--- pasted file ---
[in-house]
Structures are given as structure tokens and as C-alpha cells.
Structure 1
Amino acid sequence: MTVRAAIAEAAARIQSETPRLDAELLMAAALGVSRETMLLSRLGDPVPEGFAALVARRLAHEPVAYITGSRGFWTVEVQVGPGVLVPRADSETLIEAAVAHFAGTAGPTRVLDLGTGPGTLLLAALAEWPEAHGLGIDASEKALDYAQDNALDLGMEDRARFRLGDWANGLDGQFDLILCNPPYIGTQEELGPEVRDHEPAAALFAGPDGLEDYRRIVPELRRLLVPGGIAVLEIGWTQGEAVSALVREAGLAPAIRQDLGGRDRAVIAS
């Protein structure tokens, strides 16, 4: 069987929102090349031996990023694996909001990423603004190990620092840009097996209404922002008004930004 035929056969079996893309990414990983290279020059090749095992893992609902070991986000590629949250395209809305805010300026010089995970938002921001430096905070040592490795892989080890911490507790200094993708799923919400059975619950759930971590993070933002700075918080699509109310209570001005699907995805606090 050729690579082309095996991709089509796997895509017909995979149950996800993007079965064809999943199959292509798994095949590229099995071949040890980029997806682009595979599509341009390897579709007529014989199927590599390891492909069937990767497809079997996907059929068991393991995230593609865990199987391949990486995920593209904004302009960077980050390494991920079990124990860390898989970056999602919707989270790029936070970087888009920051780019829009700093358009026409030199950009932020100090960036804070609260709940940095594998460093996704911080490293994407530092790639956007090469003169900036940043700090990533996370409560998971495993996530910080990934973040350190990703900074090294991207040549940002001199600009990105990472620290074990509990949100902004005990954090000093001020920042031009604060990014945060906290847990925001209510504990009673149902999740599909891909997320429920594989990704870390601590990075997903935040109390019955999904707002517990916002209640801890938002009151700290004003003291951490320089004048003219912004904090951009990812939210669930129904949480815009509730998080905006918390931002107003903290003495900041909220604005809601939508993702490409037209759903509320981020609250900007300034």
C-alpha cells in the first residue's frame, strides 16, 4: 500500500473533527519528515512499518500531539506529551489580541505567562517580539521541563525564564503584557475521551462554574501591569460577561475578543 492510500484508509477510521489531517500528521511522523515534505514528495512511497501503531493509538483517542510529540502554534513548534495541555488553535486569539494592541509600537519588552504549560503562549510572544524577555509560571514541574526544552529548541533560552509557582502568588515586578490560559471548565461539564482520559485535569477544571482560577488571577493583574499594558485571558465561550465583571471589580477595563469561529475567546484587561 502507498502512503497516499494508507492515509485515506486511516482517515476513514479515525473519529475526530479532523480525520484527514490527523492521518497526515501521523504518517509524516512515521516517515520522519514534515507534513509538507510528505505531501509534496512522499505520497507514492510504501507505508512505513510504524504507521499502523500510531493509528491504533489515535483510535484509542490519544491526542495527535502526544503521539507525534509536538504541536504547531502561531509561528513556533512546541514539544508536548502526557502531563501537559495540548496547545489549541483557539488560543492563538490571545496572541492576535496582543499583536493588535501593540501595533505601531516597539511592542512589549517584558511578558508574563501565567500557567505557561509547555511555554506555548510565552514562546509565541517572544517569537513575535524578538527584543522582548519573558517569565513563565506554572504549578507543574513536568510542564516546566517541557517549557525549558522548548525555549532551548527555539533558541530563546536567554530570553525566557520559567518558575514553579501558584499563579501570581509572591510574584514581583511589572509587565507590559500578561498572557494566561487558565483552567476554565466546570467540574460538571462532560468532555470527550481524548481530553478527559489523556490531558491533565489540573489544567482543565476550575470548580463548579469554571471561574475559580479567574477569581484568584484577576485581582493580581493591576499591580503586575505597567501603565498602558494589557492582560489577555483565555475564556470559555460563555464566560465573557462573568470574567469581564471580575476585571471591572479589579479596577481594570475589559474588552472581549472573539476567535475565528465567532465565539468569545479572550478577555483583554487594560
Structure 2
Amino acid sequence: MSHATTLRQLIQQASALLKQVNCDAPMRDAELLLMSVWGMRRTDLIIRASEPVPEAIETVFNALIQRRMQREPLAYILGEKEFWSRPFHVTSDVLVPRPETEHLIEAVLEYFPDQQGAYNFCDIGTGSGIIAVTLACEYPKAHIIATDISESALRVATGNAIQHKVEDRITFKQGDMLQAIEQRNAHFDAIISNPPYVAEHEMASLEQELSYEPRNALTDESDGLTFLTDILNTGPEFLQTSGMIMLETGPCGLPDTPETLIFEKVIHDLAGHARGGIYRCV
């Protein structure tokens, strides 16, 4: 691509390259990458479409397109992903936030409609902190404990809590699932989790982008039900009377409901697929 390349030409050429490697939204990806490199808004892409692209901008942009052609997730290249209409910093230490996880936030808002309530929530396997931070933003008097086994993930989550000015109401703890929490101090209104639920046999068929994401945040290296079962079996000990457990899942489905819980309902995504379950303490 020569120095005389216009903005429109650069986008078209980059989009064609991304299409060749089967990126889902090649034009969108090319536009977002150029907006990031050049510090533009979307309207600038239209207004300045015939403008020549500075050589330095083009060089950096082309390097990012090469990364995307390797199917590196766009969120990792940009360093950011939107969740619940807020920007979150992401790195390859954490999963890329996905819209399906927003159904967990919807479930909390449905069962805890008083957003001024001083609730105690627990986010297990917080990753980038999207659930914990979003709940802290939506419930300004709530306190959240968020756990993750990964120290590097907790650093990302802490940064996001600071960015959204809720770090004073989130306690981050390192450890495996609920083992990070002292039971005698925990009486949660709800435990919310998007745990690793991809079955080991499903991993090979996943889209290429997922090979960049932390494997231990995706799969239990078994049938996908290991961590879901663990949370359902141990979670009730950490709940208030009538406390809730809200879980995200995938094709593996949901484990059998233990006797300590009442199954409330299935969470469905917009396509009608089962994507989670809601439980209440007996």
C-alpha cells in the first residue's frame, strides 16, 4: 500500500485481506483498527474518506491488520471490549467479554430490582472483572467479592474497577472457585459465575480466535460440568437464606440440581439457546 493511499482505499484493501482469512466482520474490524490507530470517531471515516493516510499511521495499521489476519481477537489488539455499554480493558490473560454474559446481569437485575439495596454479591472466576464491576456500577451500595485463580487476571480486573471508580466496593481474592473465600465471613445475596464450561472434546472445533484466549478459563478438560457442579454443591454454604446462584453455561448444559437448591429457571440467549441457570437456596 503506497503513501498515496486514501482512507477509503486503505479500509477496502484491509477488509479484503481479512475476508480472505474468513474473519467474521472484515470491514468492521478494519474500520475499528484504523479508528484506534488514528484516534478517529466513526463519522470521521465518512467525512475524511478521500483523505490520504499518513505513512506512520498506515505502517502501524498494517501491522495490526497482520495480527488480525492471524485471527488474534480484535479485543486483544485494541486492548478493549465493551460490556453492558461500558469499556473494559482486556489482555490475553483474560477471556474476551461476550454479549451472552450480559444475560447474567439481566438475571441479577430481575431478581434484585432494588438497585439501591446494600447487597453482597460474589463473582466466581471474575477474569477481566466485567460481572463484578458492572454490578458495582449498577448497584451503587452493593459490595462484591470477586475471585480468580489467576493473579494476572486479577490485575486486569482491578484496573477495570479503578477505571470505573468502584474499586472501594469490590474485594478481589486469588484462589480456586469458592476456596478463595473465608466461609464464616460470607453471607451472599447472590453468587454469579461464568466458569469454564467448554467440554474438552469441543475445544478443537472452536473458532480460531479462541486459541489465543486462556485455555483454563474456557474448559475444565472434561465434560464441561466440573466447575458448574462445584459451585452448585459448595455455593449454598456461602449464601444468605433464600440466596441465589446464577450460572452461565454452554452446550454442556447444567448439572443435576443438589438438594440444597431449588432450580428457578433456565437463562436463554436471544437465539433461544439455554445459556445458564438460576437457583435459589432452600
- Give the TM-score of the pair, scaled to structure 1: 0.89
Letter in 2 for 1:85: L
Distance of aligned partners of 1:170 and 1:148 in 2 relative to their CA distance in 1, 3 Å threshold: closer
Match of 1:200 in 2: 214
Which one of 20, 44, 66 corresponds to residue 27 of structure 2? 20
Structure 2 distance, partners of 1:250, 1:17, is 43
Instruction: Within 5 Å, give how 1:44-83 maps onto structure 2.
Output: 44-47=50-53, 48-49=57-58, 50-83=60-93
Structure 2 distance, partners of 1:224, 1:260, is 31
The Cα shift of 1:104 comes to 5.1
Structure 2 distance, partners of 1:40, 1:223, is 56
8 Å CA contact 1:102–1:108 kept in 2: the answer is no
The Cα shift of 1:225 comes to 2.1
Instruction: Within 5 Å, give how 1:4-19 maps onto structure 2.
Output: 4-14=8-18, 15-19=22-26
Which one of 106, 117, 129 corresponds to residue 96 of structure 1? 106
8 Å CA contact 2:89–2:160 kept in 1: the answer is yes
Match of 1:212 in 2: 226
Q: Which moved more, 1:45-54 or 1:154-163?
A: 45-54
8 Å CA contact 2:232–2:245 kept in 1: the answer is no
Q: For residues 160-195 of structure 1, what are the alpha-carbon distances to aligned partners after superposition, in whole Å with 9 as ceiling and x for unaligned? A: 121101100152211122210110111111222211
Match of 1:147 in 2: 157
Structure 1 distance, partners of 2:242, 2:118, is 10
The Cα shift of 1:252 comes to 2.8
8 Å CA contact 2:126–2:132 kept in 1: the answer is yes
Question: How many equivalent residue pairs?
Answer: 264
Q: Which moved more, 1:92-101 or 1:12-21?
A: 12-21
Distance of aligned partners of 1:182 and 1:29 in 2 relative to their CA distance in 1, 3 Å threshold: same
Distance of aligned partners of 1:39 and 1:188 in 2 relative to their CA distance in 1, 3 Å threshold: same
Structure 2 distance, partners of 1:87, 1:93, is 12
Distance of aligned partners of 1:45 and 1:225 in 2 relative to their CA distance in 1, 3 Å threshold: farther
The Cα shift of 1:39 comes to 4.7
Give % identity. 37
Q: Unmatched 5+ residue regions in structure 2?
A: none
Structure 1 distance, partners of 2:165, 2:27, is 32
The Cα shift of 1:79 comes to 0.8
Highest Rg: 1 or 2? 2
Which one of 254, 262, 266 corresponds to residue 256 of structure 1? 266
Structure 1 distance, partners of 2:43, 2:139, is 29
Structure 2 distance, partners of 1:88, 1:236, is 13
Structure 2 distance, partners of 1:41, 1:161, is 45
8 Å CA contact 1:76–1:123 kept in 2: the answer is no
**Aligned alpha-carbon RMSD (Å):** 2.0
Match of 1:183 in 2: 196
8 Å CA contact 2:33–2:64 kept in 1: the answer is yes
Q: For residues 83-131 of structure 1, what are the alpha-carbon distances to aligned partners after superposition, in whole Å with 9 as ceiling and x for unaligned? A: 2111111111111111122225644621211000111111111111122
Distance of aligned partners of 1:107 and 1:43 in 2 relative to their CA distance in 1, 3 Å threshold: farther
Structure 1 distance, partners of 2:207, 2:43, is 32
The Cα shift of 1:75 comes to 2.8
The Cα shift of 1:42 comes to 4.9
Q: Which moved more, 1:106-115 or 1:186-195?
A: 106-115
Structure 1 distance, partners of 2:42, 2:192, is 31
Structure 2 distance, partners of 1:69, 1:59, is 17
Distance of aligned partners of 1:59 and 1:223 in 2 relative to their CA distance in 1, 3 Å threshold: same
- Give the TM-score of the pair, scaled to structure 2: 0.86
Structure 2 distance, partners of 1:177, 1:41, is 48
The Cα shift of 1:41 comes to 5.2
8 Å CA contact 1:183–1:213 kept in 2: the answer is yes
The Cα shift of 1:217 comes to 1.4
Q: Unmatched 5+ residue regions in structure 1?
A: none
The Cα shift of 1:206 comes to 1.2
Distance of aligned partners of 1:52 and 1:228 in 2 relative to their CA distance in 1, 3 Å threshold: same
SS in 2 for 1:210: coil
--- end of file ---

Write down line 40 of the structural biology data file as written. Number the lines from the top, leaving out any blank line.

A: 12-21